Interview by Mary McCarthy, April 2020
“I am quite a reclusive person but I wanted to write with open eyes and I am not naive. I know my work is outside of the easy book-club fare but I wanted to remain true to what I saw in life.”
We all have an outline of a life story set out for us—we may stick to the path or we can break the mould—and everything about Cathy Sweeney’s short-story collection smacks of deciding not to play ball and roll along with neat expectations.
Cathy started to write in her late 30s, an age when most of us realise life is messy, and perhaps this accounts for the lack of sentimentality in her work—the delivery is taut and deadpan, often funny despite sombre themes.
After more than twenty years teaching English at second level, last autumn Cathy gave this up to concentrate full time on writing.
Previously, she often attracted glowing praise from other notable writers and had many stories published in The Stinging Fly and The Dublin Review.
Cathy’s writing came from a habit of reading and her techniques are skilful—the reader is immediately dropped into her stories, even if they have no idea where they are, and her distilled descriptions are incredibly evocative.
If I could describe Modern Times in two words I would choose unconventional and intriguing. All the stories are short, one is only 111 words, the longest is nine pages—perfect pandemic material if you can’t settle on long reads—these stories jolt the mind alright.
Like Carver, all the fat is trimmed off. Unlike Carver, whose stories have their dial firmly switched to realism, Cathy uses surrealism to highlight the subconscious mind; in one story people are starting to turn blue—possibly climate change or possibly because everyone is lying to themselves or unhappy? I suspect there is no one answer.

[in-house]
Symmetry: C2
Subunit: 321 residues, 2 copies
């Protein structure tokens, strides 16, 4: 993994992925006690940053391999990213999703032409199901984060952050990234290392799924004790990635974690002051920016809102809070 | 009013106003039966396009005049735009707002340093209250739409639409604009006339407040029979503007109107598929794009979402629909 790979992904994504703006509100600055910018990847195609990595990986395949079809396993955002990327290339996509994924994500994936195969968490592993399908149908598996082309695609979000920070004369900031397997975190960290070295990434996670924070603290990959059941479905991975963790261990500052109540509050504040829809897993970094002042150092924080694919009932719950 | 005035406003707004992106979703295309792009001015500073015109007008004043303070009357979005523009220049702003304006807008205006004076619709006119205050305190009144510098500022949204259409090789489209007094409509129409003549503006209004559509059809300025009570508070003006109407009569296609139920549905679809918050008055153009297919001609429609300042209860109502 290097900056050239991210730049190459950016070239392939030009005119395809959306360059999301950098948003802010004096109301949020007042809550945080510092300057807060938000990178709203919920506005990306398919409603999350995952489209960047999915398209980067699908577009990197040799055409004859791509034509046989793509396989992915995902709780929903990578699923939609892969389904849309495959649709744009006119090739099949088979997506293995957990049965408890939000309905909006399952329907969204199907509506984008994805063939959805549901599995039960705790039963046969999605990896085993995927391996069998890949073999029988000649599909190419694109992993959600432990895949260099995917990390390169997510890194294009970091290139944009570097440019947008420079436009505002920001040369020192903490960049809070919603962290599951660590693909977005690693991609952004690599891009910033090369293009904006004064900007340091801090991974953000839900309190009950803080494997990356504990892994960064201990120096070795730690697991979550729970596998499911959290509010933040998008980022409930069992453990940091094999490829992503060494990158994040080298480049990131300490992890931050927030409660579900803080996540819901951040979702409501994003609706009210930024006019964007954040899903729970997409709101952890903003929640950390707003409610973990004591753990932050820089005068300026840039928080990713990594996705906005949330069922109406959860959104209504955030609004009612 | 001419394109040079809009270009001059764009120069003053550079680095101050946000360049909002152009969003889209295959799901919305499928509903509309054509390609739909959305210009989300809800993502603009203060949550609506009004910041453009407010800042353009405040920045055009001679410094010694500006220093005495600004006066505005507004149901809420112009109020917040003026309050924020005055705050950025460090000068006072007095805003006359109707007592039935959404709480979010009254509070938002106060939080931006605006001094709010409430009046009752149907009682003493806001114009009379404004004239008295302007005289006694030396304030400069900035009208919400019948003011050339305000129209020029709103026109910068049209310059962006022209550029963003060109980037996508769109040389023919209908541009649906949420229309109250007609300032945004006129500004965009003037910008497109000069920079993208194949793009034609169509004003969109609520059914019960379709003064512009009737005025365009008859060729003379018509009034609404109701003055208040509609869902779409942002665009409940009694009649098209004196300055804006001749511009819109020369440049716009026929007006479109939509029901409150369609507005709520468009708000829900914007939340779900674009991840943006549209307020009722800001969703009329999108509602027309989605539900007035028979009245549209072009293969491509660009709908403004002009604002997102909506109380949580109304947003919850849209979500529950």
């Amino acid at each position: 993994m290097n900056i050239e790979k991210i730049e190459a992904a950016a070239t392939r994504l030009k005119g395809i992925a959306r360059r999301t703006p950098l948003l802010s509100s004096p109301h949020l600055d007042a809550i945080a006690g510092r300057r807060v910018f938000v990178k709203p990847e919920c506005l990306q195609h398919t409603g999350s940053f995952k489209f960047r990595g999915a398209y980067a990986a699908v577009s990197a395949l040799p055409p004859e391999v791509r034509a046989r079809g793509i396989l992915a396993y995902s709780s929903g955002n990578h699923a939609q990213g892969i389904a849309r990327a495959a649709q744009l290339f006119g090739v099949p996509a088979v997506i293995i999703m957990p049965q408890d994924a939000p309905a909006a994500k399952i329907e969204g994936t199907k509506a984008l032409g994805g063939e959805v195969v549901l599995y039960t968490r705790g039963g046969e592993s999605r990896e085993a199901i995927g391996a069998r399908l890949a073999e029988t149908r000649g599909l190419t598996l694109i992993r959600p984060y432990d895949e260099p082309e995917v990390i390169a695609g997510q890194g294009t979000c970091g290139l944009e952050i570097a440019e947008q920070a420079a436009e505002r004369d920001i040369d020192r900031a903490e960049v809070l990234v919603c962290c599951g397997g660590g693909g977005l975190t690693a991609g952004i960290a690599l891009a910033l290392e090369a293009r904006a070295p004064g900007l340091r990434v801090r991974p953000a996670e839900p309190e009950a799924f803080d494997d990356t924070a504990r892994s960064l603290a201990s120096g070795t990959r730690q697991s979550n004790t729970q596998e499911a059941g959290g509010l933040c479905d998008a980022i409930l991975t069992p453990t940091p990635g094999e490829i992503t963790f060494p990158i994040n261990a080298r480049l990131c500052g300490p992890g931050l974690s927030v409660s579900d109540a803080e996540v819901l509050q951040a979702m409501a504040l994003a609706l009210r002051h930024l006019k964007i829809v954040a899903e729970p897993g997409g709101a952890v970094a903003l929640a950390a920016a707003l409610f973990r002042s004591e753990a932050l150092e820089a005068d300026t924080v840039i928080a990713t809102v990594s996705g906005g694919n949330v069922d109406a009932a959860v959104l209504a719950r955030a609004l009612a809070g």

When I told Cathy her story ‘The Chair’—about a married couple that take it in turns to torture each other—had produced many different theories when discussed at a book club she was delighted; she had intended for the reader to interpret a meaning through their own prism of experience and state of mind.
There is an absence of self-delusion—a narrator’s tone is often jaded. One of her characters ‘like most people started out in life hopeful and hardworking, but one misstep leads to another’ and another gets ‘mired in the unhappiness that makes people put on weight and watch too much TV’.
One central theme jumps out from this collection—sex. There is sobering sex in nearly every story and transgressive sex in many. The desire is often undesirable—there are fantasies and needs that surge along. A woman buys her husband a sex doll for his 57th birthday and, as a result, he loses weight and buys his wife flowers—not your usual romantic fare. A lonely, immature teacher has sex with one of her students, a boy with special needs.